Following this, Dr. Walker with our partner Dr. Gaga, will move to Kaduna to do another two-day workshop for pastors, with an expected 100 pastors in attendance.  I am to go to Jos to do a two-day microbusiness training for one of the churches who has completed the Thirty Days in the Marketplace.  However, Jos has had a significant
Ibadan DML Team
amount of violence with over 200 killed, demonstrations, and a curfew has been put in place.  We are hoping that things will calm down in the next few days, otherwise I am being advised by our partners not to take the risk, as the roads into and out of Jos are a key trouble spot.  Please pray for peace!

And while you are praying, please also pray for Cameroon.  We are to go there after Nigeria and news reports are that Cameroon is moving towards a civil war between the English-speakers and French-speakers.  Our trip there in January was postponed for that reason and it had appeared things were improving.  Where we are going is quiet and peaceful, so we will still go, but some of the leaders will be coming from that area.  Please pray for their safety and for the Church to rise up in this time to be promoters of peace and helpful solutions.  There are opportunities in this too if we have the courage, compassion, capacity, and competence to find them!
Some of the leaders trained in Ibadan
Great Quote

Attendees capturing the info on their phones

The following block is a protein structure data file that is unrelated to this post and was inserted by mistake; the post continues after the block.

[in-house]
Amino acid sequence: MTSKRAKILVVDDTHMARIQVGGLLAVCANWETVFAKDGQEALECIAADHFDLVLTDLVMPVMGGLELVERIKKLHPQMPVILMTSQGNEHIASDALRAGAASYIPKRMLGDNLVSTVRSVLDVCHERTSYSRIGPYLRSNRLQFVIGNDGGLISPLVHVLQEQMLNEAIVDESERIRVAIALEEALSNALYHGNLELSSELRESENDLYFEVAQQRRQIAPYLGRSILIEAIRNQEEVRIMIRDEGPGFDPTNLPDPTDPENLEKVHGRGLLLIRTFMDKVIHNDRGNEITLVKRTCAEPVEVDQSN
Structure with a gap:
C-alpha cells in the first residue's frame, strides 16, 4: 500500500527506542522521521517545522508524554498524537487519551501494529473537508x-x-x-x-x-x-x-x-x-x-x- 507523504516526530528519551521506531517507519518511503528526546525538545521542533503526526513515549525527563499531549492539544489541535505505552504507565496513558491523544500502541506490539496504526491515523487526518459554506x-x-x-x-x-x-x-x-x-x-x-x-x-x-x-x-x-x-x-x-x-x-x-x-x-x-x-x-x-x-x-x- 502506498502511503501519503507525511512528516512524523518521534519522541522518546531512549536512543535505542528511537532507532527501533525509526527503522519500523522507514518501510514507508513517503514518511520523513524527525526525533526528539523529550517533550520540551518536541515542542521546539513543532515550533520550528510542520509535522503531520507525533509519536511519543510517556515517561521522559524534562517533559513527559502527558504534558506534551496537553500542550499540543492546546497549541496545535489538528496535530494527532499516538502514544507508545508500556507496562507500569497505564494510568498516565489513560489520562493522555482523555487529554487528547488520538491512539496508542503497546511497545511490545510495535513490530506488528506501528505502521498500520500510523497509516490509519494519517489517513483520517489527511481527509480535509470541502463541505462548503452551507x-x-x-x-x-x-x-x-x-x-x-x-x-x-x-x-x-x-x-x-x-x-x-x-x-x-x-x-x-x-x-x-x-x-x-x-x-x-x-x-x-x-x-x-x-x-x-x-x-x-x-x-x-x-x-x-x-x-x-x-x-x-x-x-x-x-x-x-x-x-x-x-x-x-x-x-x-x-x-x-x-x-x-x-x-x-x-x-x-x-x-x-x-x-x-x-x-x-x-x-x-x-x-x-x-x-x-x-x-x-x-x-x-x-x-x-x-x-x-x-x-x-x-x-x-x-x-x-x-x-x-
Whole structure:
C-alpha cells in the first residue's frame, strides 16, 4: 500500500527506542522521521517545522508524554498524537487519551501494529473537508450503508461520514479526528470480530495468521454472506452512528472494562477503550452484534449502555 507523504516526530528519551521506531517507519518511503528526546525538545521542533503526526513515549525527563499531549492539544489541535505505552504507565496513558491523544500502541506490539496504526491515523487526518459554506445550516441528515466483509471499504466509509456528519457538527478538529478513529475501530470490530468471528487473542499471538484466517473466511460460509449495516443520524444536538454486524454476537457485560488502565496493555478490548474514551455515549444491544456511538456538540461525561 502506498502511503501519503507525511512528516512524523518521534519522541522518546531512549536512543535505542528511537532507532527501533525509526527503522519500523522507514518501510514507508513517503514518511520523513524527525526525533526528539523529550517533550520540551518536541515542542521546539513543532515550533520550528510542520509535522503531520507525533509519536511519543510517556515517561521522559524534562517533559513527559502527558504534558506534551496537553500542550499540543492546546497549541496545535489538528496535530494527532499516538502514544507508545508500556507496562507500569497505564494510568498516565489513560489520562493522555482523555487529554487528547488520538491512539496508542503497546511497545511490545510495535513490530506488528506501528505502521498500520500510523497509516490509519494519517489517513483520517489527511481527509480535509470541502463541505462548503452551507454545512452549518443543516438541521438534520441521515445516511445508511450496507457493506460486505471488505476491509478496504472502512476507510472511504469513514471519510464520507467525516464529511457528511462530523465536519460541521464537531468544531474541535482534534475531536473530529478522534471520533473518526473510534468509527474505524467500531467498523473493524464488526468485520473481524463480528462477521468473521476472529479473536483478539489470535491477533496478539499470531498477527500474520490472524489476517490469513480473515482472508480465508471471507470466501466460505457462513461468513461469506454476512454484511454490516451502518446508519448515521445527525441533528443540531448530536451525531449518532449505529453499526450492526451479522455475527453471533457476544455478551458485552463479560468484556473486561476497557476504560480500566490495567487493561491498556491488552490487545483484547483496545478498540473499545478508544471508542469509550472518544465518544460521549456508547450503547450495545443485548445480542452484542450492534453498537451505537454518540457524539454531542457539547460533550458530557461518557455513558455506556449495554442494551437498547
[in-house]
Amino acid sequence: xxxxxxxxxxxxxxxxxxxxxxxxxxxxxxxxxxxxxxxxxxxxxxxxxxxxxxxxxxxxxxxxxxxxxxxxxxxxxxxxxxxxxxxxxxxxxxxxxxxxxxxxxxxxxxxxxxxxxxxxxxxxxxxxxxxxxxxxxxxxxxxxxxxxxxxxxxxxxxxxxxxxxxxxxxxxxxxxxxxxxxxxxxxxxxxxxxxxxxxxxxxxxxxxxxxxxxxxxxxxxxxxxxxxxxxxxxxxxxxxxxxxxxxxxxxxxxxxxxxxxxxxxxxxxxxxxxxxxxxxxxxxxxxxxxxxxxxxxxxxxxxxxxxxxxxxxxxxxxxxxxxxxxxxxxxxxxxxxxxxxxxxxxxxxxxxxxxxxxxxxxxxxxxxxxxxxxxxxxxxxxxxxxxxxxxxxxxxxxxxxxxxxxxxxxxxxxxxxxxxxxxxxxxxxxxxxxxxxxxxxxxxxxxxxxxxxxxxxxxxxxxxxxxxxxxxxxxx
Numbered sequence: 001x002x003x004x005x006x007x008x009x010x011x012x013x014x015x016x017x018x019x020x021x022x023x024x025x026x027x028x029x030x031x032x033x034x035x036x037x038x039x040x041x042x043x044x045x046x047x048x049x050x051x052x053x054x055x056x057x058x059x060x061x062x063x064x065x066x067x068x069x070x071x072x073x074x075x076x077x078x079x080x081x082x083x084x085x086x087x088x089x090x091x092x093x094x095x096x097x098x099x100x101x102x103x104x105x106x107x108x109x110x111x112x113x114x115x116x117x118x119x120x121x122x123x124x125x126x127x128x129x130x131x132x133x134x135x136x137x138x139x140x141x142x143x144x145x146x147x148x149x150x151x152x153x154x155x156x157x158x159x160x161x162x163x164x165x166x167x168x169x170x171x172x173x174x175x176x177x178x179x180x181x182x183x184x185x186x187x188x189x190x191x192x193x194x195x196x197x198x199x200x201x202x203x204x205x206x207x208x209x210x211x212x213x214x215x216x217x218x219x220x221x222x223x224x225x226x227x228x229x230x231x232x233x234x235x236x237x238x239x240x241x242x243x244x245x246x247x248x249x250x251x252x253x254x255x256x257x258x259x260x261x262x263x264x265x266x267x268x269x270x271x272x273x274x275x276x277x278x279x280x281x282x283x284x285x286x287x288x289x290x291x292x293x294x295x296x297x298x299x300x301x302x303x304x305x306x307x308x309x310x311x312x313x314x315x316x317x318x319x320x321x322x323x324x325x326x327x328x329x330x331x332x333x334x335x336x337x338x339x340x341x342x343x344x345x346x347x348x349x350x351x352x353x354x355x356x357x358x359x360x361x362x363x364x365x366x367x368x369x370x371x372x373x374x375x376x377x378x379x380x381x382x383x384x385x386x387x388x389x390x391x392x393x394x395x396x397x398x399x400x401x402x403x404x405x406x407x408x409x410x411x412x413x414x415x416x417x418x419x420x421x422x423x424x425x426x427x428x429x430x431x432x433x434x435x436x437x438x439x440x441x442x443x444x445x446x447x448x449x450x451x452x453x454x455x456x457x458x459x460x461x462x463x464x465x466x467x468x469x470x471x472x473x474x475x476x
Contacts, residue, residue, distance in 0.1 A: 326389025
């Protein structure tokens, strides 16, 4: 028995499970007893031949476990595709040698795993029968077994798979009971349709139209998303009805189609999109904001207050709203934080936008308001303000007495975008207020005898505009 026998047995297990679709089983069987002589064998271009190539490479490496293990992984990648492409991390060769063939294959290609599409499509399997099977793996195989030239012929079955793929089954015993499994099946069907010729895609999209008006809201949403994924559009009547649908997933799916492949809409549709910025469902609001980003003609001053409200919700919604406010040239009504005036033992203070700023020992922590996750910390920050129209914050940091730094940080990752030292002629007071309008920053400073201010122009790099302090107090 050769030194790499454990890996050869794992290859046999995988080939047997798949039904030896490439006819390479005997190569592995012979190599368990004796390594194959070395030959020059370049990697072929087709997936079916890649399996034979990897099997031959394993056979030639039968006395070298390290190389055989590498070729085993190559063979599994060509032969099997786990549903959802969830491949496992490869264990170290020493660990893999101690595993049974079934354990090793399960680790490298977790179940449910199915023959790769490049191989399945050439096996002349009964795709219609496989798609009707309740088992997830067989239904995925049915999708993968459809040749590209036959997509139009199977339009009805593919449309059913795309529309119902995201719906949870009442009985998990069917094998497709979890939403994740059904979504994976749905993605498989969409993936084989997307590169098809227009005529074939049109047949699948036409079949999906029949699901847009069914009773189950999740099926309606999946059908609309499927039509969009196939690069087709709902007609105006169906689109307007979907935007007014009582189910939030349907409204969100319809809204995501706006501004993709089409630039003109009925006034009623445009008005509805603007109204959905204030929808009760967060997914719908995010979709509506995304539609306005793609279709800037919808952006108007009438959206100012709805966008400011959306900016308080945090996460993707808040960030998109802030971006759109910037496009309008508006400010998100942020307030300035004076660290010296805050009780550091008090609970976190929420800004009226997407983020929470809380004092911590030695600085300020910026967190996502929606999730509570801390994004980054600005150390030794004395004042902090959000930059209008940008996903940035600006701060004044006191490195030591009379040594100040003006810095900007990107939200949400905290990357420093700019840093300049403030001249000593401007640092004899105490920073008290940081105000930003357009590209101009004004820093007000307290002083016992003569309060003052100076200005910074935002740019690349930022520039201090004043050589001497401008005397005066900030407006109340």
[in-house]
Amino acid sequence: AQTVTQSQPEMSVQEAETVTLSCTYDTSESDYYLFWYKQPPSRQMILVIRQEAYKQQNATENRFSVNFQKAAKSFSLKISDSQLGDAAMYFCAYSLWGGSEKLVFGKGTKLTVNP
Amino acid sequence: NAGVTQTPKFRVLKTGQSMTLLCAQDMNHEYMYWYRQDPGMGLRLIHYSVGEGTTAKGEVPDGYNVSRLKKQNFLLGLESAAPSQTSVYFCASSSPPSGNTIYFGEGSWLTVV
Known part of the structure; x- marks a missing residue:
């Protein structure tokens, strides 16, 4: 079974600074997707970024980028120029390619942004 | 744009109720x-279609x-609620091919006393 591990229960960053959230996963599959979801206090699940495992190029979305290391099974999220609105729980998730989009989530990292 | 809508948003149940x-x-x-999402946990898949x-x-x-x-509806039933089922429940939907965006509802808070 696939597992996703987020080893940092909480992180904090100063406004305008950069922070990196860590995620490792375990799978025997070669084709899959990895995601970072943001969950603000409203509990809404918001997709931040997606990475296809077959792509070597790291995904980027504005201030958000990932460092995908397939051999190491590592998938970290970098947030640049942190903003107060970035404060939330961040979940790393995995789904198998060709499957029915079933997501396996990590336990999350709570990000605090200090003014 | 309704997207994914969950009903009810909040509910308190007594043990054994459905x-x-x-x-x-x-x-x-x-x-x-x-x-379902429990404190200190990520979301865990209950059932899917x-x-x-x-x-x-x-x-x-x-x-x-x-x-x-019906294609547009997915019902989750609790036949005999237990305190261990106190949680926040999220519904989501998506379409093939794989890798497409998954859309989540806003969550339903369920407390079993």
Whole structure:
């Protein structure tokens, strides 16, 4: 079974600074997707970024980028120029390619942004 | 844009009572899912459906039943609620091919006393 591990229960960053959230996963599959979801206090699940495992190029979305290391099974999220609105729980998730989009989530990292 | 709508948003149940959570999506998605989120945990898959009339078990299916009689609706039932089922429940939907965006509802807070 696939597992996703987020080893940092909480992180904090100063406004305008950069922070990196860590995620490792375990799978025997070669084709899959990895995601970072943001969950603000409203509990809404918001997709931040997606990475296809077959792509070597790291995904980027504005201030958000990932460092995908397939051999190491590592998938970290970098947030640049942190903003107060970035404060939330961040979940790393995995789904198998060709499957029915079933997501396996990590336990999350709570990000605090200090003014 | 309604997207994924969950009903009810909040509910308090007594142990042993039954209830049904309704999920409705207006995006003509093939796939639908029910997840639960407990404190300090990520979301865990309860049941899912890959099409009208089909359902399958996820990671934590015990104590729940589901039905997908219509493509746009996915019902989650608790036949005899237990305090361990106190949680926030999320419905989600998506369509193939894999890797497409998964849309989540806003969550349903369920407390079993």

Rev. Johnson, from Ghana, teaching from his vast experience in doing Business as Mission for more than 25 years.  But he is now a firm believer in Church-based Business as Mission and is joining us on the road to help train and mentor fellow pastors and business persons.  We thank God for him!
On a church wall in Ibadan

Monday, June 25, 2018

"Do You Want Gold?"

Writing from Ghana airport this past Friday, waiting for our cancelled flight to Nigeria to be rescheduled, I felt tired yet energized.  It was a long week with teaching from Monday-Friday, 9 am-4pm.  We had two different groups of pastors and church leaders, about 80 in all:  one group came on Monday-Tuesday; one group came on Thursday-Friday.  Wednesday was a workshop with the Ghana Christian University faculty and staff, doing some dialogue about opportunities and challenges, including the opportunity to engage the concept of “Work as Worship” in their Development Management programs, Nursing programs, Theology programs, and others.